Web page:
Dr Battinelli (right) has his head shaved by Richard Rubenstein (centre), owner of HX Salon, in solidarity with children with childhood cancer. Battinelli was cheered on by members of the Hofstra/Northwell community, such as Taylor Valerio (left). // Photo courtesy of Antonio Giammarino Jr.
TW: Childhood cancer
On March 1, the Donald and Barbara Zucker School of Medicine at Hofstra University/Northwell Health held its annual fundraiser, St. Baldrick’s Day.
For the past 10 years, the Zucker School of Medicine has partnered with the St. Baldrick’s Foundation to raise funds for childhood cancer research, treatment and family support. St. Baldricks is also the largest non-governmental funder of childhood cancer research in the world, according to Georgia Linaris, student leadership and engagement coordinator for the Office of Student Affairs at the Donald and Barbara Zucker School of Medical.
“It’s something that was brought to the Hofstra campus by the roller hockey team,” Linaris said. “For two years they have not hosted because of COVID-19. And we have maintained this tradition.
Throughout February, the medical school held numerous fundraisers consisting of sales, parking lot raffles, and Venmo donations. Over the past 10 years, the school has raised over $100,000. This year, with the support of staff, students, Northwell Health members and national donations, the school raised more than $42,000.
St. Baldrick’s Day gave students and staff the opportunity to shave their heads or cut their ponytails in solidarity with those with childhood cancer. The event was organized with the help of three employees of HX Salon, a hair salon in Hofstra.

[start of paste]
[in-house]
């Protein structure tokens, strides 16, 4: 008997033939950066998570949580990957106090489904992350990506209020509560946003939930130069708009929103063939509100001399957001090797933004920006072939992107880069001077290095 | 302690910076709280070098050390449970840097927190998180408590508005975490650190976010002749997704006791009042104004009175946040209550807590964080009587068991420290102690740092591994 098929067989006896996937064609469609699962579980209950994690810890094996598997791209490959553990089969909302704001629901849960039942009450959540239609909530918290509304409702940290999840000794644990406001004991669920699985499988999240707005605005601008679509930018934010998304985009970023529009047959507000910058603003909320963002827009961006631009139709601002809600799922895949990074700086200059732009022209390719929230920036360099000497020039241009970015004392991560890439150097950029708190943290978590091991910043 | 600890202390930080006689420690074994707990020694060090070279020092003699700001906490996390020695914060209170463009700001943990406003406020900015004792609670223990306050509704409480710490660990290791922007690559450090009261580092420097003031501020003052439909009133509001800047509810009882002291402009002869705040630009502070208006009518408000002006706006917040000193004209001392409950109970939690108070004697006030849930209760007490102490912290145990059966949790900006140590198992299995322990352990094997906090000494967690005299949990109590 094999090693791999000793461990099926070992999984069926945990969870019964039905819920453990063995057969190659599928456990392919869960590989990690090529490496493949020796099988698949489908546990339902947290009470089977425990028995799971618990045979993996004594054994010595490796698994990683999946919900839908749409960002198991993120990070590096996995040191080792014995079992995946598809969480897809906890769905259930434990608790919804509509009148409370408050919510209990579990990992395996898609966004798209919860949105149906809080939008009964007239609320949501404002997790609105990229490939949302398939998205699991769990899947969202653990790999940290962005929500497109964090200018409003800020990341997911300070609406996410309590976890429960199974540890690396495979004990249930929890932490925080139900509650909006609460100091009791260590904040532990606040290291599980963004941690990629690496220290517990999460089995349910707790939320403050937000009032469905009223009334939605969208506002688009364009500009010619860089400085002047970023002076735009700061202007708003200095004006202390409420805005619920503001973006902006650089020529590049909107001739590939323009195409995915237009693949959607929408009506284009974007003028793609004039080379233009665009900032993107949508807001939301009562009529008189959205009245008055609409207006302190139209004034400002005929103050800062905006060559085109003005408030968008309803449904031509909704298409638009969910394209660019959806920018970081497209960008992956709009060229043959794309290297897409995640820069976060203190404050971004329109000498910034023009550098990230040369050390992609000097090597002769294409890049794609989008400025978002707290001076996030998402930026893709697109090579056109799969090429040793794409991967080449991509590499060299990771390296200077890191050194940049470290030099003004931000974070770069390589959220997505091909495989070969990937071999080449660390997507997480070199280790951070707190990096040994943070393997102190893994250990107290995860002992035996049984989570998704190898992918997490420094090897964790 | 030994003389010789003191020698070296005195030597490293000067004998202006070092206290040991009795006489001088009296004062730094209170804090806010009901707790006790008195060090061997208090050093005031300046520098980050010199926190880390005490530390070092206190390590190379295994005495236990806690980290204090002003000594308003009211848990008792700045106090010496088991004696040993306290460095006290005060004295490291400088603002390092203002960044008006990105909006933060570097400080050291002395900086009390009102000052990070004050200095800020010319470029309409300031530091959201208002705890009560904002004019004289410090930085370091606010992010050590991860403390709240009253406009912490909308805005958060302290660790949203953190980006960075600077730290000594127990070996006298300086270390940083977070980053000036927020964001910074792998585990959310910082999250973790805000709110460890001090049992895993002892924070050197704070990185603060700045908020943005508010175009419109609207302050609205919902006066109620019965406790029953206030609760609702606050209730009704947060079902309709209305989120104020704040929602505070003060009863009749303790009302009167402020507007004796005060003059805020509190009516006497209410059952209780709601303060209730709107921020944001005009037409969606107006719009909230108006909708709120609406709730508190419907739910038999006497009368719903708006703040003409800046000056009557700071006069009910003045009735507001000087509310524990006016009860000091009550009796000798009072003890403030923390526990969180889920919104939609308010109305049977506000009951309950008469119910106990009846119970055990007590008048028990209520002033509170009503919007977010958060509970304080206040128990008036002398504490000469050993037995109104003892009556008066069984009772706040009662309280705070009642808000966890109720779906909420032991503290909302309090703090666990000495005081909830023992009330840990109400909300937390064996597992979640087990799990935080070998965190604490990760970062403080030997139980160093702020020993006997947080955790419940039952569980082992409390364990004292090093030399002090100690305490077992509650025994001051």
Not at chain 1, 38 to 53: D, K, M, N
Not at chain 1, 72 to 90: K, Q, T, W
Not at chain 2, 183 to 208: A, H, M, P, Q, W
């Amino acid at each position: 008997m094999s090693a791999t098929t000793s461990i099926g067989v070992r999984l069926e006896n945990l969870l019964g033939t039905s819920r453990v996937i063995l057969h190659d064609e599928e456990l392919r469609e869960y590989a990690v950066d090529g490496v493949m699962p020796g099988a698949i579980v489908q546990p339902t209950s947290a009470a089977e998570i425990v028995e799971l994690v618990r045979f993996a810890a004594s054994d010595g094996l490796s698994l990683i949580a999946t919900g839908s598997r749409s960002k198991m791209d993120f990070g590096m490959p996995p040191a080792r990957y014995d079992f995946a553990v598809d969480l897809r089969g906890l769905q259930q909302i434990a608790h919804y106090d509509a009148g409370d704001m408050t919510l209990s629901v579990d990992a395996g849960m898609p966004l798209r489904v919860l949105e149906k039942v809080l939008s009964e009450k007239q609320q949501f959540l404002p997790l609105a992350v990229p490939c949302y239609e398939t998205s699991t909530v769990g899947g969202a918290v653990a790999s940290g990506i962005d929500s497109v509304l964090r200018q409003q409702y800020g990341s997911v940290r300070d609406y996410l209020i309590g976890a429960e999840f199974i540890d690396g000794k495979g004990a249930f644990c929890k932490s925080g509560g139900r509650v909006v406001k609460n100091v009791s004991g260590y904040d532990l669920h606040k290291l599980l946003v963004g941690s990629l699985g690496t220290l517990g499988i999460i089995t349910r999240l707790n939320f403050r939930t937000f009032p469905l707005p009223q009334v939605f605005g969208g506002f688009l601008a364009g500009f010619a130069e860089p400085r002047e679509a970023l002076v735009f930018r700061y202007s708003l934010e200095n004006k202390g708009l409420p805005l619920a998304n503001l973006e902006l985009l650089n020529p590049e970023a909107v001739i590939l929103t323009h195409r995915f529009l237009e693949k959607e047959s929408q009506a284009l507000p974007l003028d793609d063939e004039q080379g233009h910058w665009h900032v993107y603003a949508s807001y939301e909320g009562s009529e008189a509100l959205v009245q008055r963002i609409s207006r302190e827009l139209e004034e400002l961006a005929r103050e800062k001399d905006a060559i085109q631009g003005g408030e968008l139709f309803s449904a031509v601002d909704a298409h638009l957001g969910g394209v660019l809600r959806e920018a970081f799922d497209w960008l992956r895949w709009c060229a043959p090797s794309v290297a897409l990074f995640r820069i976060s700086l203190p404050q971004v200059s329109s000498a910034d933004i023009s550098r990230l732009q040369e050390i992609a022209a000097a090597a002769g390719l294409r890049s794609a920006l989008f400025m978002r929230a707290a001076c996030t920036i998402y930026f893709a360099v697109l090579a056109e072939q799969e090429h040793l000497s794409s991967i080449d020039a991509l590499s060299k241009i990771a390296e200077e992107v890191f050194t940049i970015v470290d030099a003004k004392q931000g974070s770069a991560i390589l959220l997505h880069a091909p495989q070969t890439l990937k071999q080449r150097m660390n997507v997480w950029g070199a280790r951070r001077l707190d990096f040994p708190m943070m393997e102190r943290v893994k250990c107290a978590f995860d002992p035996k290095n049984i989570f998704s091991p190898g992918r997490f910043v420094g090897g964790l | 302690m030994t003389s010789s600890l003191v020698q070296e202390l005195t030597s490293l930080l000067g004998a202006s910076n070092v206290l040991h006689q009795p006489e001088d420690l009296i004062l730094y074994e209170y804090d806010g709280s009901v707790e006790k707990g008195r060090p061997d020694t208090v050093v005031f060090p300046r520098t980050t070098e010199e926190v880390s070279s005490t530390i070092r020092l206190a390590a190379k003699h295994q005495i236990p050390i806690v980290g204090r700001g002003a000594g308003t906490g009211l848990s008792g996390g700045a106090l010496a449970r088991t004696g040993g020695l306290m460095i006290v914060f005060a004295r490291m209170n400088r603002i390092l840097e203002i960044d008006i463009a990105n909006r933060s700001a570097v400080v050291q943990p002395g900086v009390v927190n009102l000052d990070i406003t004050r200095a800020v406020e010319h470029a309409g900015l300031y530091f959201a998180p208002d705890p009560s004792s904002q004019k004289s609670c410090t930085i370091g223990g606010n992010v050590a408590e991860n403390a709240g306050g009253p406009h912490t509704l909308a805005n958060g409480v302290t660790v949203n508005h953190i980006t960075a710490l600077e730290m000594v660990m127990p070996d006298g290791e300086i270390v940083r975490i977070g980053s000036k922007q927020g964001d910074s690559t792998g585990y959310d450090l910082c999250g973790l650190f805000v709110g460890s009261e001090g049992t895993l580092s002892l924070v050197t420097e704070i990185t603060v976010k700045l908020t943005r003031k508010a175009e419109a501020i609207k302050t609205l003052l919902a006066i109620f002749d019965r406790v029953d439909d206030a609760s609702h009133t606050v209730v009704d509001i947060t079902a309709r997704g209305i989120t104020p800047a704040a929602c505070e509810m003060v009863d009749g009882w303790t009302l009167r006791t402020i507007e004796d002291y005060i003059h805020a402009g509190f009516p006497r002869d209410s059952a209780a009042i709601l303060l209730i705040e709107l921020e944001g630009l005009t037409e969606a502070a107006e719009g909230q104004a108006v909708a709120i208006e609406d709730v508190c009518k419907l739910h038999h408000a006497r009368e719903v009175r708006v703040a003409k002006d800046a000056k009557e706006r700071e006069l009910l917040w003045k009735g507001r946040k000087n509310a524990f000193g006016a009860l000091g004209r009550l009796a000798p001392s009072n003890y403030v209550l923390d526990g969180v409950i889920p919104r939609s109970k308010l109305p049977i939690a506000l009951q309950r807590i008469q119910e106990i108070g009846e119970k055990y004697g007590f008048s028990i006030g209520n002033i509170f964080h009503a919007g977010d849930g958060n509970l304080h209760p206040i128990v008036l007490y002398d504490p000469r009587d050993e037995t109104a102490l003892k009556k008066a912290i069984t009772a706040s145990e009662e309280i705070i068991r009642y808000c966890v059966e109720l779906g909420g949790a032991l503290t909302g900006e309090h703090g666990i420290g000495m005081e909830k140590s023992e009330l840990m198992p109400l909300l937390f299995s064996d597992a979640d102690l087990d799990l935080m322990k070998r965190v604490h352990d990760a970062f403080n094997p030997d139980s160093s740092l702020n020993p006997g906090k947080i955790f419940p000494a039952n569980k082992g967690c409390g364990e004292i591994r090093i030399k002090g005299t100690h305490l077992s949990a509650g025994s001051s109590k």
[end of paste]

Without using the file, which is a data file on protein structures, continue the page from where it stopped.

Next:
“It’s very important that as a business, especially with hair, [that we] give back,” said Richard Rubenstein, owner of HX Salon.
Rubenstein said being included in the haircut ceremony was “exhilarating because you take someone’s hair out of long hair and you completely buzz their hair and you know that person is doing it by love and for [their] dedication to help[ing] children.”
Although the COVID-19 pandemic has led to a drop in donations for cancer research, the closure of hair salons and pandemic closures have given volunteers time to grow their hair. The shaved hair will go to the organization Children with Hair Loss which creates pediatric wigs for pediatric cancer patients.
First-year medical student Johnathan Carboni decided to shave his head because he wants to become a pediatrician and work with children with cancer.
“It was very powerful to sit there knowing that I was working for this incredible cause,” Carboni said.
The students enjoyed the learning experience as it allowed them to connect with their patients and gave them insight into how they can advance in the medical field as future physicians.
“It really marked me as a future doctor. It’s the type of event that shows how much we can do for our patients and not just in the office, but outside, how we support them and how we can learn about their struggles,” Lisa said. Ramirez, a first-year medical student and chair of the community service committee that helped organize the event. “We are truly there for them in every aspect of their journey, no matter what they are going through.”
During the ceremony, Dr. David Battinelli, associate dean of the Zucker School of Medicine, and Betsey Cushing Whitney, professor of medicine, received a medal in honor of raising more than $38,000. This year, Battinelli has pledged to “go bald for St. Baldricks” to honor the children.
“The event provides support not only [in] the [form of] research, but also the concept [of] shaving [to show] support and empathy for children,” Battinelli said. “No child should have to go through this more than once.”
Due to COVID-19 restrictions, Hofstra undergraduates were unable to participate in this event, according to Linaris.
“We had other fundraisers at the main Hofstra campus,” Linaris said. “It was our opportunity to connect the three parts of [Hofstra].”
Sergio Alarcon, a Hofstra employee who raised funds on the main campus, donated more than eight inches of his hair.
“My hair will bring happiness to a hairless child because they lost it to cancer and [I have] family members [who have] died of cancer,” Alarcon said. “I want to have a purpose for letting my hair grow out and at least I’m giving it.”
St. Baldrick’s fundraiser will continue to accept donations through December 31 on the Donald and Barbara Zucker School of Medicine homepage at Hofstra/Northwell, where volunteers can share the team page with family and friends to help reach the fundraising goal.